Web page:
September 30, 2010
Stem cells are the building blocks from which replacement cells, everything from blood to bone to brain, grow in early development and throughout life. Researchers consider embryonic stem cells the most useful type for generating replacement tissues, but obtaining them requires the controversial destruction of embryos. Then, in 2006, a Kyoto University team first reported adult skin cells can be "induced" into resembling embryonic stem cells.
That breakthrough relied on viruses infecting cells with four cancer-related genes to spur the transformation. But the new study pulls off the trick with ribonucleic acid (RNA) molecules, normally the workhorses that translate DNA-encoded genes into proteins and perform other housekeeping roles inside cells.
In the journal Cell Stem Cell, a team led by Derrick Rossi of Children's Hospital Boston unveils a cancer-mutation-free method, 40 to 100 times more productive than normal, to create induced stem cells. Induced stem cells are similar to embryonic stem cells in their potential to transform into every type of tissue in the body — but lack the controversy.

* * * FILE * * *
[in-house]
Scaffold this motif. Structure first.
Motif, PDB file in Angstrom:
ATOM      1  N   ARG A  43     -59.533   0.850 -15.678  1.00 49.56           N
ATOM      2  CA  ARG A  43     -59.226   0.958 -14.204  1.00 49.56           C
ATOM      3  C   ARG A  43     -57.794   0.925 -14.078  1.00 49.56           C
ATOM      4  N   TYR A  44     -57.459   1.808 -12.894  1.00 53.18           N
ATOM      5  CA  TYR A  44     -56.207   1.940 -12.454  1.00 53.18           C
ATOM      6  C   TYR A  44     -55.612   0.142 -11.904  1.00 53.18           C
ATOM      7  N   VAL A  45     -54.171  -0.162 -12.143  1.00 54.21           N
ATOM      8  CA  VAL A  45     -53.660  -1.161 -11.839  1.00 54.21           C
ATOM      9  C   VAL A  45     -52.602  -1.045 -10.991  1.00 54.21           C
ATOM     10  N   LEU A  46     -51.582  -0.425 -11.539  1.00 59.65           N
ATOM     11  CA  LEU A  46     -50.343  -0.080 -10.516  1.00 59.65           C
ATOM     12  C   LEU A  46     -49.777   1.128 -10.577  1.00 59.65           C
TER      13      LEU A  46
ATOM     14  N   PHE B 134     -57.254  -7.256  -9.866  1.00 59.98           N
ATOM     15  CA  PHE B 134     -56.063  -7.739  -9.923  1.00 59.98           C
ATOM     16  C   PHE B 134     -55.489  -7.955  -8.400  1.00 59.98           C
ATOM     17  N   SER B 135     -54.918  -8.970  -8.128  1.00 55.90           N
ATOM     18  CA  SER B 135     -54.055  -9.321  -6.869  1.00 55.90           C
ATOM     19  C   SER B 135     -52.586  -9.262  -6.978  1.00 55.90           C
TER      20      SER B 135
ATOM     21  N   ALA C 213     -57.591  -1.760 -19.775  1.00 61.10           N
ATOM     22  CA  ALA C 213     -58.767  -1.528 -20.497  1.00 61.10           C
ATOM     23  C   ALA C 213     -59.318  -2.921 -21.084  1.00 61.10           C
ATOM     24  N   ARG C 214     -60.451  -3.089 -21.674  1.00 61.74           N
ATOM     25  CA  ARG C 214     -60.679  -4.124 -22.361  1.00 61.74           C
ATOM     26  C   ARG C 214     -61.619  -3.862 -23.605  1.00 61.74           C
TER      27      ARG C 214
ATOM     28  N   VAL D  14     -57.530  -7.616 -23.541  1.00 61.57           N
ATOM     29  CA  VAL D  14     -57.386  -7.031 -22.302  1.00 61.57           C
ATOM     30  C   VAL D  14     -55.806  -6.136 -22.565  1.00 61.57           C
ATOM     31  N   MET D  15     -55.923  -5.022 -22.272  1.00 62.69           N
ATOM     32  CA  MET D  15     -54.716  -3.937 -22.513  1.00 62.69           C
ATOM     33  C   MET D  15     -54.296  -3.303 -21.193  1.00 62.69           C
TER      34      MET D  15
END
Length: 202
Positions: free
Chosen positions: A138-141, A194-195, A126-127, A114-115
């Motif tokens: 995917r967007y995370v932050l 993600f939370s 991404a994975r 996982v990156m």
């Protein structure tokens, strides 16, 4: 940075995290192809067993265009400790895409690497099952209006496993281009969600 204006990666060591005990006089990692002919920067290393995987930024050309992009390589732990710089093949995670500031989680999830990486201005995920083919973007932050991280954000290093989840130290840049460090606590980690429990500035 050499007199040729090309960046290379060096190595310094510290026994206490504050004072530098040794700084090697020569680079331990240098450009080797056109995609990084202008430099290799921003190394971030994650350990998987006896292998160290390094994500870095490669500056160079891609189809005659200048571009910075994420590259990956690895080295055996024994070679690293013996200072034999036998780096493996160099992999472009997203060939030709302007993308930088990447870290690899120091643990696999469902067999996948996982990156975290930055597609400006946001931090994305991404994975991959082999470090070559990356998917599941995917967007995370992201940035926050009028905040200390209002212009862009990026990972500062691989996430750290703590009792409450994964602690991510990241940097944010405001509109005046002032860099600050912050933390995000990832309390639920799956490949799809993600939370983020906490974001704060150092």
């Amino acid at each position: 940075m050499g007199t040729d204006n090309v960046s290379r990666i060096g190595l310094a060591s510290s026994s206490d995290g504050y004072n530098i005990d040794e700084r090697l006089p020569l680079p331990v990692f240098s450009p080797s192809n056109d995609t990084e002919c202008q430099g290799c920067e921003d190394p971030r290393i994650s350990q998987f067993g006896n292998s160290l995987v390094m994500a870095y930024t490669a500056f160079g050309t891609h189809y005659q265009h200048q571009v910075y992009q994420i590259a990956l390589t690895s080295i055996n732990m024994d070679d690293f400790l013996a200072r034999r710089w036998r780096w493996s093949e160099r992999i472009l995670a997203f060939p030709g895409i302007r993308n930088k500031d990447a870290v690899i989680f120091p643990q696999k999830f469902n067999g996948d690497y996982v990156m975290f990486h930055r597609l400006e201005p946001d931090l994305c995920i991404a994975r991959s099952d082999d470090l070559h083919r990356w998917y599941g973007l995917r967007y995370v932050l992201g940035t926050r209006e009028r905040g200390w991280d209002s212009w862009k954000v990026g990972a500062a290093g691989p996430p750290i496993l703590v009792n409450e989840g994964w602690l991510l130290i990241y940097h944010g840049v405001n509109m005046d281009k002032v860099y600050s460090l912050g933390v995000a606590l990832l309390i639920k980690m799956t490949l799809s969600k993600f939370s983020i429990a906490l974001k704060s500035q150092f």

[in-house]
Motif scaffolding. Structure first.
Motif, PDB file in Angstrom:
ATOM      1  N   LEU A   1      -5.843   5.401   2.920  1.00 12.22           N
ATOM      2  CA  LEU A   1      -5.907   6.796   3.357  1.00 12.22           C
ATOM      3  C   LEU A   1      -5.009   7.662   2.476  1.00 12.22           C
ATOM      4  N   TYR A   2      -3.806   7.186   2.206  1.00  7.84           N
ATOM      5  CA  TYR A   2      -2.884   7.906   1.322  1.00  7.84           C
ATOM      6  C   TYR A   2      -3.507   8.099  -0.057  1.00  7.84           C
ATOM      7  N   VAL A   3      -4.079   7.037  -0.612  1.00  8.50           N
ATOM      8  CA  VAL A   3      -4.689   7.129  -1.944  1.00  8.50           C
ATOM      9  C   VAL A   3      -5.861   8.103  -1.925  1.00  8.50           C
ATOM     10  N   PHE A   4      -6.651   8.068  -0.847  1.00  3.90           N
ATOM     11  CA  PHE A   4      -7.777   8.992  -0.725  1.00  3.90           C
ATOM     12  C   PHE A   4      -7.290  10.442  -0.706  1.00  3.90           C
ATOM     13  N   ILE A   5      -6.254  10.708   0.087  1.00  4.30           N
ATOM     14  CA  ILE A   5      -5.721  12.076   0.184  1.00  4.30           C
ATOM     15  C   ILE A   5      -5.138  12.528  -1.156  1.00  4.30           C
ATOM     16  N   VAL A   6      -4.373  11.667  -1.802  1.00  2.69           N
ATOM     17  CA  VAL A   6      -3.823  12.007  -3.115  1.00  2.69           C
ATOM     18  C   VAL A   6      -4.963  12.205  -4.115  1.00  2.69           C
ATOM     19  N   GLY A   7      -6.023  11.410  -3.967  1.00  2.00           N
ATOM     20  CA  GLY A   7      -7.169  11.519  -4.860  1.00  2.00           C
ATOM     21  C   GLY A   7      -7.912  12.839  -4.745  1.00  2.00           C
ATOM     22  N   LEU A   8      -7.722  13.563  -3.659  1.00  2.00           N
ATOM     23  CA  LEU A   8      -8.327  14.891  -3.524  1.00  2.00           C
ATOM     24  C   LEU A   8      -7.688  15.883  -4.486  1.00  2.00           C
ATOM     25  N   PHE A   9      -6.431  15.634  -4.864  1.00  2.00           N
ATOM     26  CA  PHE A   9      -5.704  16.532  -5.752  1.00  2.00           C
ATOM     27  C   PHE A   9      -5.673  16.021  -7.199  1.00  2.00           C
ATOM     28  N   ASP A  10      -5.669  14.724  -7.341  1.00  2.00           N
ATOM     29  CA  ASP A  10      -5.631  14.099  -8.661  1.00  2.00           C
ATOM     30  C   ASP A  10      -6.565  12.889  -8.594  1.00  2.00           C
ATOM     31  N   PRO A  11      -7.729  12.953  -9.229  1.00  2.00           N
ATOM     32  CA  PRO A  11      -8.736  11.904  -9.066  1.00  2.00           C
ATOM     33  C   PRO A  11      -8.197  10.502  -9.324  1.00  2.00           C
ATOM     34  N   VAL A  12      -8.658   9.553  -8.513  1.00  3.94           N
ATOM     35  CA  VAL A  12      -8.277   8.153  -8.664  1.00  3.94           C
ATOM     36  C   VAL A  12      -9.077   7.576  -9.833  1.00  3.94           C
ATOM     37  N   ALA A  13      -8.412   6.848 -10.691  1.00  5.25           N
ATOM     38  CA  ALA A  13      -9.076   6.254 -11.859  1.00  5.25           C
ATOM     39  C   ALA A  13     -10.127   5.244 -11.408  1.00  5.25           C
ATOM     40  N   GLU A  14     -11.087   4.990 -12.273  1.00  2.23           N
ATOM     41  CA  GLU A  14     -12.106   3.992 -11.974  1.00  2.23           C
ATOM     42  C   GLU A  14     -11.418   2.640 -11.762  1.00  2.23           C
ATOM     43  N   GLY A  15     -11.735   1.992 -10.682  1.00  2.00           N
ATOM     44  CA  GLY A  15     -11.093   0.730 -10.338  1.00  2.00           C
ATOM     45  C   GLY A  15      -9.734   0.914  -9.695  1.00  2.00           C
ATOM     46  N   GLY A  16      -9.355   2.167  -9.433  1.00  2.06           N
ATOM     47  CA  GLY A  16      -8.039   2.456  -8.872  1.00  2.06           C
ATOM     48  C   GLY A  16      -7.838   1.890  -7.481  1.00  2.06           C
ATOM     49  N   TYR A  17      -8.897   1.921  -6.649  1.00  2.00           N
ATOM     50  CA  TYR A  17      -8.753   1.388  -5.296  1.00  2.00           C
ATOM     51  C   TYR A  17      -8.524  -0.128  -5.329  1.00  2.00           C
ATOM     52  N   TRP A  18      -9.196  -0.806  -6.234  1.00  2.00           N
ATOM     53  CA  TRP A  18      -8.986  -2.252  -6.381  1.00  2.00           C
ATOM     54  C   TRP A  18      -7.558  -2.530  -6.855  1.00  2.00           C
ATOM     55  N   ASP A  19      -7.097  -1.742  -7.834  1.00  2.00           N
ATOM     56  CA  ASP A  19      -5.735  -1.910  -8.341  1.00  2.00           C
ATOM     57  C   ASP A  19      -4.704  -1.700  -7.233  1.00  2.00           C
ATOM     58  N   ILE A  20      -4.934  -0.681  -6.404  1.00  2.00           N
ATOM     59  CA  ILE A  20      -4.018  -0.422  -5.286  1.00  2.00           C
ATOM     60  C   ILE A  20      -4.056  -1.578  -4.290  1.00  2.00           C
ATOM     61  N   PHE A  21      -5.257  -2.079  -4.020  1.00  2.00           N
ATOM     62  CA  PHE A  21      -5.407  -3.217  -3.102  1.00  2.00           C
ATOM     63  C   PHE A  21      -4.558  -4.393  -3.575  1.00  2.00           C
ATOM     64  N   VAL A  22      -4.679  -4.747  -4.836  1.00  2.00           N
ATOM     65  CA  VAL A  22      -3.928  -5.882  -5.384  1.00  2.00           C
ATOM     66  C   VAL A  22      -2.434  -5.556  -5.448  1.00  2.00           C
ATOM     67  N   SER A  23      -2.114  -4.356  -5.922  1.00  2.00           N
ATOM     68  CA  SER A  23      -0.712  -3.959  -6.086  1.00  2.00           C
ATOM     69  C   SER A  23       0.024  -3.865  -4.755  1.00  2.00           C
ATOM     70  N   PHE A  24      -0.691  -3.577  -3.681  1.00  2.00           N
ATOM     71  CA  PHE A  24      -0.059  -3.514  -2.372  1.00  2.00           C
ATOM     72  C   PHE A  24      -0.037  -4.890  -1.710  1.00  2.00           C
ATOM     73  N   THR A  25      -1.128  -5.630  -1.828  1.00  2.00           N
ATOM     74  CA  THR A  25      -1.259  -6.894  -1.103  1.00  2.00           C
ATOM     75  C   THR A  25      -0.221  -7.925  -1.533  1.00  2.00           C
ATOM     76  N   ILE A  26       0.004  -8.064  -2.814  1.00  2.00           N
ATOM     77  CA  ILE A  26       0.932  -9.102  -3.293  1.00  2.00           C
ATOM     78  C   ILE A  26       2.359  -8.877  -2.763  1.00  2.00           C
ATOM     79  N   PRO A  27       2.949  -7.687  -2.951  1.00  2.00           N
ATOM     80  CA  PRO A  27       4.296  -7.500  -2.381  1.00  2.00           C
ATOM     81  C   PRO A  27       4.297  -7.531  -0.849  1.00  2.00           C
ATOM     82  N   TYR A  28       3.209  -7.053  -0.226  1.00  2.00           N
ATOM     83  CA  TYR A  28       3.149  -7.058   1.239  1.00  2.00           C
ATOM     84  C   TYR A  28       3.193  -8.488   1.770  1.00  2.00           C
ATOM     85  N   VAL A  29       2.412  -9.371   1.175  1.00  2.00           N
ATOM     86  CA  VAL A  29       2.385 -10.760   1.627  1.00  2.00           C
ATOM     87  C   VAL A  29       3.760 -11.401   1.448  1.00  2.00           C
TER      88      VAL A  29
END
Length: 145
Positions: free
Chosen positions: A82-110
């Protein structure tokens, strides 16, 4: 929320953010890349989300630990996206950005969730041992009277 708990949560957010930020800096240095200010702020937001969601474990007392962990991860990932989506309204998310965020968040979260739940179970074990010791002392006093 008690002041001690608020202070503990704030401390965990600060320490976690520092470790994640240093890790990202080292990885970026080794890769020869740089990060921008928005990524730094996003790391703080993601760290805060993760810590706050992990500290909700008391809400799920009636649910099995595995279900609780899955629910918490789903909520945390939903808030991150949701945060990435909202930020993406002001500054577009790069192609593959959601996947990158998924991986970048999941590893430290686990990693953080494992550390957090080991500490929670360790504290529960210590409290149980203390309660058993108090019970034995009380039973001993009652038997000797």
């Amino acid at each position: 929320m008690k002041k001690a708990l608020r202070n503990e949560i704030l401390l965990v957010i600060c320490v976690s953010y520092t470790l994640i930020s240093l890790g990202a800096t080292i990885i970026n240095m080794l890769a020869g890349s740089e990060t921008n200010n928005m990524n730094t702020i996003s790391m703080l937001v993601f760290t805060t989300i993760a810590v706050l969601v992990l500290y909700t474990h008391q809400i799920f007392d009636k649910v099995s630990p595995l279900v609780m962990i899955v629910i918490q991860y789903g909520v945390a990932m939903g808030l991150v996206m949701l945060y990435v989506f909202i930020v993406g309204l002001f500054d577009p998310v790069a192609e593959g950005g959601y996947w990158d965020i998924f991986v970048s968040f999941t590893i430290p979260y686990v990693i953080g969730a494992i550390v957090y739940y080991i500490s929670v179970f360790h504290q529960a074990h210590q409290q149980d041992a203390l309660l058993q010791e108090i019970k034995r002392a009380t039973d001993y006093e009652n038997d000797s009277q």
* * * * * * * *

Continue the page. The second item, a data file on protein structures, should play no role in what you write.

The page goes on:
"This is very exciting," Rossi says. "We have a new experimental process that can efficiently give us patient cells in clinically useful types."
"RNA, if it works, sounds like a very realistic, promising alternative," says stem cell biologist Gary Stein of the University of Massachusetts Medical School in Worcester, who was not part of the study. Worries about virus contamination and cancer have dogged induced stem cells since their discovery, he notes, along with concerns about their low efficiency rate, with perhaps one cell in 1,000 transforming through the use of viruses.
Treating adult human cells with RNA engineered to overcome immune system defenses reliably creates induced stem cells, the study says. Moreover, the same RNA molecule cued to fire up different genes over three days' time can then be used to turn those induced stem cells into specific types of tissues, such as muscle.
For that reason, "this paper is a major advance in the field of regenerative medicine," says stem cell researcher Douglas Melton of Harvard, who was not part of the study team. Since the isolation of human embryonic stem cells in 1998, researchers have sought ways to turn early stem cells into heart, spine and other tissues needed by transplant patients. The RNA advance means labs can experiment on deriving these tissues in test tubes, he says, speeding progress in the field.